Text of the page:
On the outside, everything may look fine. A friend or family member walks through their everyday life with little sign of the soul-eating sadness that lurks within.
A mother stops herself from taking an irrevocable action because she doesn’t want to leave a what she feels is legacy of despair and defeat for her children. But it’s not the first time she’s considered it and it may not be the last.
Listen, don’t judge, and don’t try to solve their problems. You may not understand how or why someone feels the way they do but accept that they are in pain and in need of help.
A co-worker, who was always there to lend an ear to your daily troubles or share a joke to bring a smile is suddenly gone.
A young man struggles with self-identity and sense of his place in the world.
How do you perceive the struggle when so many who carry the weight of depression hide their feelings? And if you do discern the darker thoughts, how can you give your support?
The recent deaths by suicide of Kate Spade and Anthony Bourdain have prompted the Association of Psychology in Newfoundland and Labrador (APNL) to release a statement providing the public with some facts regarding depression, potential warning signs of suicide, and local sources of help for those who struggle with depression and other mental illnesses.
Immediate assistance in Newfoundland and Labrador is available through the Mental Health Crisis Line (709) 737-4668/1-888- 737-4668 or through your local Emergency Department.
How to talk to someone about suicide
Asking someone about suicide will not make them suicidal. It is best to come right out and tell the person that you have noticed some changes or signs that they may be hurting or in need of help, that you are worried or concerned and that you want to help.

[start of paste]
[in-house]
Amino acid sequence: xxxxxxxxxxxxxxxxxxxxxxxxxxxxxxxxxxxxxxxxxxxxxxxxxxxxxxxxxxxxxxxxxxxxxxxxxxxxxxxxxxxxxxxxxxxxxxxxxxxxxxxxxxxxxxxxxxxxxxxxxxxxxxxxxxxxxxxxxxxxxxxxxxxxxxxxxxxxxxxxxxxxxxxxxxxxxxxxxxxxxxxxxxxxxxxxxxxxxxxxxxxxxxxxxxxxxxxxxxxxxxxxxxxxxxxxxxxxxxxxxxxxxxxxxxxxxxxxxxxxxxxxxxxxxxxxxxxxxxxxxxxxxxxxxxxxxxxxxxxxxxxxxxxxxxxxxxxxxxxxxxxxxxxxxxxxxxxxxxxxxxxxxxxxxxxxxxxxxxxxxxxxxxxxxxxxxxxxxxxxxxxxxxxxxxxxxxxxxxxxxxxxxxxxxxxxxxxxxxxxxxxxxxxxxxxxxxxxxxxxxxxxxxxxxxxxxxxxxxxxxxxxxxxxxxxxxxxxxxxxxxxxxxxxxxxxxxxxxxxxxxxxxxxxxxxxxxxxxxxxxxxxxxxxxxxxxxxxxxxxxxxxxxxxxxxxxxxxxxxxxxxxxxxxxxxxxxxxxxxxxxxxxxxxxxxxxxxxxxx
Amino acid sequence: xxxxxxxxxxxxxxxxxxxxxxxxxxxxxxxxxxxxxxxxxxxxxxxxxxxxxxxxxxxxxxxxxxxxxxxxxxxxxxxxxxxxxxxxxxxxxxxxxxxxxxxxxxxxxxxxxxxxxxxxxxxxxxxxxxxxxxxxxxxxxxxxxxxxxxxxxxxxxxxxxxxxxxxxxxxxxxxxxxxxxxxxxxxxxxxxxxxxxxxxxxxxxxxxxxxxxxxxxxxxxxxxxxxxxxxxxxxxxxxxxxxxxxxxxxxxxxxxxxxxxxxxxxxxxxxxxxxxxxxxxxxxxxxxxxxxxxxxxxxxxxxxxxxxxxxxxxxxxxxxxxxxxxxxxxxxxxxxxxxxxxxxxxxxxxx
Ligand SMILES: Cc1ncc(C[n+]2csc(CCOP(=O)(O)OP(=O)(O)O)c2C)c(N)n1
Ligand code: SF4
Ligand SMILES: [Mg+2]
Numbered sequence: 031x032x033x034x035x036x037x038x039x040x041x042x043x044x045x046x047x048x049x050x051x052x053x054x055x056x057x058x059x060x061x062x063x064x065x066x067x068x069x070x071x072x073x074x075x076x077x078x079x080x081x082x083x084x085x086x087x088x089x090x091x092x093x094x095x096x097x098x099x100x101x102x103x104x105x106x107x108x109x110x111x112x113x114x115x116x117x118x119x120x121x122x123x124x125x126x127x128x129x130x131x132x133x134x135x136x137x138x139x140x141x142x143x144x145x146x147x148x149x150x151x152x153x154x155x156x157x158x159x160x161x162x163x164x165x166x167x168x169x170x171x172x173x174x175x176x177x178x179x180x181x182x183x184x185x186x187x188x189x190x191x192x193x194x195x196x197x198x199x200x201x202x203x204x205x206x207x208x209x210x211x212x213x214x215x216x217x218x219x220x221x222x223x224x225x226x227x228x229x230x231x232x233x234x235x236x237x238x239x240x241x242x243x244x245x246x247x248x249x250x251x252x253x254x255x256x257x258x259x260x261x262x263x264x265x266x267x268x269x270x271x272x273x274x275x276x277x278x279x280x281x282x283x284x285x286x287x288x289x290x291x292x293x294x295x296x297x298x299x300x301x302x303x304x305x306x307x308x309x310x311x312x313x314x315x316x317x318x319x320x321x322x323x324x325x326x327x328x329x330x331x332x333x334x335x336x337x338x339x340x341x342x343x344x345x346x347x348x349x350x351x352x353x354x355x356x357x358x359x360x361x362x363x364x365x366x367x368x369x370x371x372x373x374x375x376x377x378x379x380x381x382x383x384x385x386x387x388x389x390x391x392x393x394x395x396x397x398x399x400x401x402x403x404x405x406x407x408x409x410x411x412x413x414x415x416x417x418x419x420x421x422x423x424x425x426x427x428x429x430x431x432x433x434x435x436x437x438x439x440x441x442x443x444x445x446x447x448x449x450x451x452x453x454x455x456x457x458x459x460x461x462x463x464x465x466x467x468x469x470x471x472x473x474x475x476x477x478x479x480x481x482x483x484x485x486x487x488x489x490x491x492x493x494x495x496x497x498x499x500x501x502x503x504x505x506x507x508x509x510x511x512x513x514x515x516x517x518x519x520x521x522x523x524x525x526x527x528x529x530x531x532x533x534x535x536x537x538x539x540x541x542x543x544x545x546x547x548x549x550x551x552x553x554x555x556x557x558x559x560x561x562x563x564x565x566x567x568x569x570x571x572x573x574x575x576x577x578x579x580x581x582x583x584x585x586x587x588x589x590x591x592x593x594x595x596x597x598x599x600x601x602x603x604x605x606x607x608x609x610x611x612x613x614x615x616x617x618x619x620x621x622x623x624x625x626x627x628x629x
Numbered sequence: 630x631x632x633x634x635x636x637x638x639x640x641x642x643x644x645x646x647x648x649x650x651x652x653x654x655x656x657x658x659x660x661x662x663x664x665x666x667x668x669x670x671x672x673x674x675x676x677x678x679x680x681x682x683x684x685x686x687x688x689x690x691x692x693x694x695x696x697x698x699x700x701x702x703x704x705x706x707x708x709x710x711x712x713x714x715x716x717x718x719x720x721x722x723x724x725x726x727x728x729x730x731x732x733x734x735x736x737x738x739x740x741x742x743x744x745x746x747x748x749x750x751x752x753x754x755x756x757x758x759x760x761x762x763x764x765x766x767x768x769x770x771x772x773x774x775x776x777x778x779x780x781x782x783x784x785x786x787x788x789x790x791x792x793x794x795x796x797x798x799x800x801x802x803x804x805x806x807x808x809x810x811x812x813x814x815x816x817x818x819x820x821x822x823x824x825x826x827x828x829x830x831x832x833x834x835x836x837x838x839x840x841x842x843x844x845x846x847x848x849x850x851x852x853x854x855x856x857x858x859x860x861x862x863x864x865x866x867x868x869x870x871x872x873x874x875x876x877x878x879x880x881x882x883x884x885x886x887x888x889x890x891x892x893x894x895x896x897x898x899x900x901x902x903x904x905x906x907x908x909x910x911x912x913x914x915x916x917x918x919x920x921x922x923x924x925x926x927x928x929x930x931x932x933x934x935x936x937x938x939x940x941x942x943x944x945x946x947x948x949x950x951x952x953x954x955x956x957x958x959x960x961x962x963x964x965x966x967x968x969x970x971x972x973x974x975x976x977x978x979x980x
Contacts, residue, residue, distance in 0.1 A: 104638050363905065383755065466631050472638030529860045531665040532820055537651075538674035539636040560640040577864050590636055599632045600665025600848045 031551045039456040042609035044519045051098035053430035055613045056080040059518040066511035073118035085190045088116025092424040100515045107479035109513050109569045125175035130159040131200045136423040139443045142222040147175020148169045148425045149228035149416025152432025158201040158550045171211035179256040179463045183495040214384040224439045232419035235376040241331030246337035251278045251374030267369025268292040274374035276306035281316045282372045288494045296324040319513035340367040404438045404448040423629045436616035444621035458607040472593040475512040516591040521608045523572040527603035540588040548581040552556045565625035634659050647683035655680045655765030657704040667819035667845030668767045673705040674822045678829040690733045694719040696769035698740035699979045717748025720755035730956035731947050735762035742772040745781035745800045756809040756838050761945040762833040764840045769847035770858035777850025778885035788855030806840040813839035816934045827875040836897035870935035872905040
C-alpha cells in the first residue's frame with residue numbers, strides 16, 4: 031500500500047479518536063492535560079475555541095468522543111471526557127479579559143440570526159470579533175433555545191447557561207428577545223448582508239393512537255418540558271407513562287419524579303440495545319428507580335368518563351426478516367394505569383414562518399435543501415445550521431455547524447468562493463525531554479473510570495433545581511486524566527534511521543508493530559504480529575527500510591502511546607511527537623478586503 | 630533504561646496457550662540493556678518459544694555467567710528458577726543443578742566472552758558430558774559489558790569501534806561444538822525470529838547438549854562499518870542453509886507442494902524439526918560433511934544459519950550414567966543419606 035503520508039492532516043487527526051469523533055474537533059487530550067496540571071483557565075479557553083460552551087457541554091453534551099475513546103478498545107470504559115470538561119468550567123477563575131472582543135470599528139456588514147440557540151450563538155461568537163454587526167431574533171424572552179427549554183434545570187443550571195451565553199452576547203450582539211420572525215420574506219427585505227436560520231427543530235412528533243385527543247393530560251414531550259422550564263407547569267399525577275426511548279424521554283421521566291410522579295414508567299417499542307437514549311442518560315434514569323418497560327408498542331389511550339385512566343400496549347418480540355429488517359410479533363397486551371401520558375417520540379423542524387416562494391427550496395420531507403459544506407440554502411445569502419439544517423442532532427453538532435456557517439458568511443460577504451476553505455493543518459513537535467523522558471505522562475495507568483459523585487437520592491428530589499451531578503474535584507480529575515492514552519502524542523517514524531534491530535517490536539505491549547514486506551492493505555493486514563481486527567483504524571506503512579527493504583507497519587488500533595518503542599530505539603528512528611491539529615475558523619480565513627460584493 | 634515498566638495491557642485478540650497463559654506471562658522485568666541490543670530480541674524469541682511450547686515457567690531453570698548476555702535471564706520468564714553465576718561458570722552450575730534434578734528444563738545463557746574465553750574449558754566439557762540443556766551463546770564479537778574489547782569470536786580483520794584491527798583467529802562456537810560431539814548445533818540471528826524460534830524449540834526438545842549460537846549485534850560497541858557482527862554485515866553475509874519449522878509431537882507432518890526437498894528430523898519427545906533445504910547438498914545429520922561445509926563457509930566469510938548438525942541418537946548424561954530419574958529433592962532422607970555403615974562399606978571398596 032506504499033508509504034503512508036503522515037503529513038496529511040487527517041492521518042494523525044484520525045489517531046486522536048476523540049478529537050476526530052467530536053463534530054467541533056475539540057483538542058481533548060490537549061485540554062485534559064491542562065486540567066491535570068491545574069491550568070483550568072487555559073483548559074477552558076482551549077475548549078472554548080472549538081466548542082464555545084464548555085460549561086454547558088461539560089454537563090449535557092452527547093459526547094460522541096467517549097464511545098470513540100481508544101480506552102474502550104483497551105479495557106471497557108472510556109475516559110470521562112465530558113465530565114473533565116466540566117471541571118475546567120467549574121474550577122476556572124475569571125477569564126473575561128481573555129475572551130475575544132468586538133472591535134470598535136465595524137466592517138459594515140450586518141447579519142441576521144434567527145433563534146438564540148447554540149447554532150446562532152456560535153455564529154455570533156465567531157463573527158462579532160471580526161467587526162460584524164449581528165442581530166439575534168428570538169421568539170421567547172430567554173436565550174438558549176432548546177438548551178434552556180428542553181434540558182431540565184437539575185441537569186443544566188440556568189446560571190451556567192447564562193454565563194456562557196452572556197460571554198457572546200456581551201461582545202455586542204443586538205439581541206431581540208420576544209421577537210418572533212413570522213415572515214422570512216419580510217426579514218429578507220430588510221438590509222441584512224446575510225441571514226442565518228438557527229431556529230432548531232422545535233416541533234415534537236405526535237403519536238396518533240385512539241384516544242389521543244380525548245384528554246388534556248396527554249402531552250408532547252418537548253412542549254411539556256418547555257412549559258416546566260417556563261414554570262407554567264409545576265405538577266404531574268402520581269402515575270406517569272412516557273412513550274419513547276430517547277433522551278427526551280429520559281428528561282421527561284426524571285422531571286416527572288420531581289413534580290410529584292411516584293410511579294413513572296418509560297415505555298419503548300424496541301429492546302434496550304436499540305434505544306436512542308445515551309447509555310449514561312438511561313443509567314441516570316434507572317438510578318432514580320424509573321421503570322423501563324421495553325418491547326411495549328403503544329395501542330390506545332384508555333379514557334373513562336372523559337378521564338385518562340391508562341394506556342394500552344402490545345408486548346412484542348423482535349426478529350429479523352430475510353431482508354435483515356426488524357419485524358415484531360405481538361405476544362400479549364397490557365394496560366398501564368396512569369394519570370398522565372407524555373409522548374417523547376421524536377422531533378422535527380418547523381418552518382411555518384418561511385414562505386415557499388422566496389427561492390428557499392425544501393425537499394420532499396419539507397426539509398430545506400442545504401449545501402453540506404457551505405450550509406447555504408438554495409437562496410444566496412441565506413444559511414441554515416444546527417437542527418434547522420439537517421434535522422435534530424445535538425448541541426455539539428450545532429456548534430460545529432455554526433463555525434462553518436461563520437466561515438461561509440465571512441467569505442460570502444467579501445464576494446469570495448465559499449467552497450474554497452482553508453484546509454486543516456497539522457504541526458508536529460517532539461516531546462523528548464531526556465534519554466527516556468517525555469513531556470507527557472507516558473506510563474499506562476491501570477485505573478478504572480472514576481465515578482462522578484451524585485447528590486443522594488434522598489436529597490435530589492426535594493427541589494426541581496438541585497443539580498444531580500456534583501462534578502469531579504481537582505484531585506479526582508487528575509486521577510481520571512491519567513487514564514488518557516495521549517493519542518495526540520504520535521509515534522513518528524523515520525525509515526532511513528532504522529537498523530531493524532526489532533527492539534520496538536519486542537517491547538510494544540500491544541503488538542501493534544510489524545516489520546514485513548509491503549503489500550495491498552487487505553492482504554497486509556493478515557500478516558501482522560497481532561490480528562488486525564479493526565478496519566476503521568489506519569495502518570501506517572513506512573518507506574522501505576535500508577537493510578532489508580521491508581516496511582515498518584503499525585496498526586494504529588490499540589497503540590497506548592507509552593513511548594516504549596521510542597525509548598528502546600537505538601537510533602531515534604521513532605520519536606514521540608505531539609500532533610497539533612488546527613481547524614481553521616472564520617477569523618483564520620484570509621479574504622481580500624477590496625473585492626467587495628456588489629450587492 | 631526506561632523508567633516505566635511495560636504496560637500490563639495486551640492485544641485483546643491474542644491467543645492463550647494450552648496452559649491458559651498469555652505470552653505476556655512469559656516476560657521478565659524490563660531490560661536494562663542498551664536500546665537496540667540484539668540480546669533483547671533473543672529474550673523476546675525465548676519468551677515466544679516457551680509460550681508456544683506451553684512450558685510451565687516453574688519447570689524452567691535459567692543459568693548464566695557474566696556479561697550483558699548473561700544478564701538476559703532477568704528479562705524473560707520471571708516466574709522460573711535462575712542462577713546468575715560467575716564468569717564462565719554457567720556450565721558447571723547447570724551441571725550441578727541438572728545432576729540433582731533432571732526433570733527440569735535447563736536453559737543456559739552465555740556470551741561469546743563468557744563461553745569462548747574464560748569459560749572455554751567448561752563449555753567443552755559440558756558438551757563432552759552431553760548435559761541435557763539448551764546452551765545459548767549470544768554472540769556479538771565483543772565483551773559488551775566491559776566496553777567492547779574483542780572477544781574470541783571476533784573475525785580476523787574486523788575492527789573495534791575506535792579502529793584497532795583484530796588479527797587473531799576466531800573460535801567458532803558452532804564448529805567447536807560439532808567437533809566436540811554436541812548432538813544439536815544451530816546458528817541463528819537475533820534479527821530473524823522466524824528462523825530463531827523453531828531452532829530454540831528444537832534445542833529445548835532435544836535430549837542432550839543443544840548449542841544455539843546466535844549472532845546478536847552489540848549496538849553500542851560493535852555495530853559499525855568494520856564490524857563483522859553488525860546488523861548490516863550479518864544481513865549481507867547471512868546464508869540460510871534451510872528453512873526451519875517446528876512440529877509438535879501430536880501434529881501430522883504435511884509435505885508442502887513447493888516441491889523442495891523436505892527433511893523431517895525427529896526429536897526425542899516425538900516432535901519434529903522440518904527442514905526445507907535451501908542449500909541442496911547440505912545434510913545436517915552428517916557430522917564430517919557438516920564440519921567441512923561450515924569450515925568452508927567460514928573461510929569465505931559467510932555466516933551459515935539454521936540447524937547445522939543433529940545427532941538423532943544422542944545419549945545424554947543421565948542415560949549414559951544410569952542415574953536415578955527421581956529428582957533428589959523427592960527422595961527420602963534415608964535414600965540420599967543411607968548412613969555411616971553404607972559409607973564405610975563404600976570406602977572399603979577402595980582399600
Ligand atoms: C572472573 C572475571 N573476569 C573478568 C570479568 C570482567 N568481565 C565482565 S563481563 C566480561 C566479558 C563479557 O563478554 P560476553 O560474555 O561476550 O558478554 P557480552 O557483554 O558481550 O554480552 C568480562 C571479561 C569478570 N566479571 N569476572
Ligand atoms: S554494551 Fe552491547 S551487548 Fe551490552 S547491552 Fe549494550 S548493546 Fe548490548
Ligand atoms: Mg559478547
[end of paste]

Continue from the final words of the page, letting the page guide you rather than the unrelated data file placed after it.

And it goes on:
If the person admits to feeling sad or hopeless, ask directly if they have thought about hurting or killing themselves. Listen, don’t judge, and don’t try to solve their problems. You may not understand how or why someone feels the way they do but accept that they are in pain and in need of help.
Don’t try to convince them that their way of seeing the world, or the actions they are considering, are bad or wrong. If someone is thinking about suicide and discloses it to you, this is not likely a conversation you can promise to keep confidential. A person feeling suicidal is a person who needs help and you may need to talk to others to help them get it.
Source: www.cpa.ca – suicide fact sheet
What is depression?
Almost everyone feels sad or “depressed” at times. Clinical depression is more than feeling sad. It must include at least five of the following symptoms and last for two weeks or more
Symptoms include sadness, loss of interest in usual activities, changes in appetite, changes in sleep, changes in sexual desire, difficulties in concentration, a decrease in activities or social withdrawal, increased self-criticism, and thoughts of (or actual plans) related to suicide –
Approximately one per cent of Canadian men and two per centof Canadian women are clinically depressed at any point in time. About five per cent of men and 10 per cent of women will experience clinical depression at some point in their life
— Source: www.CPA.ca
Suicide warning signs
• Appearing depressed or sad most of the time (untreated depression is the number one cause of suicide)
• Talking or writing about death or suicide
• Withdrawing from family and friends
• Feeling strong anger or rage
• Feeling hopeless or trapped – like there is no way out of situation
• Experiencing dramatic mood changes
• Abusing drugs or alcohol
• Exhibiting a change in personality, sometime acting recklessly or impulsively
• Losing interest in most activities
• Experiencing a change in sleeping and/or eating habits
• Performing poorly at work or in school
• Giving away prized possessions
• Writing a will
• Feeling excessive guilt or shame
— Source: suicide.org
Visit www.apnl.ca to find a psychologist who can assist with depression and suicidal thoughts.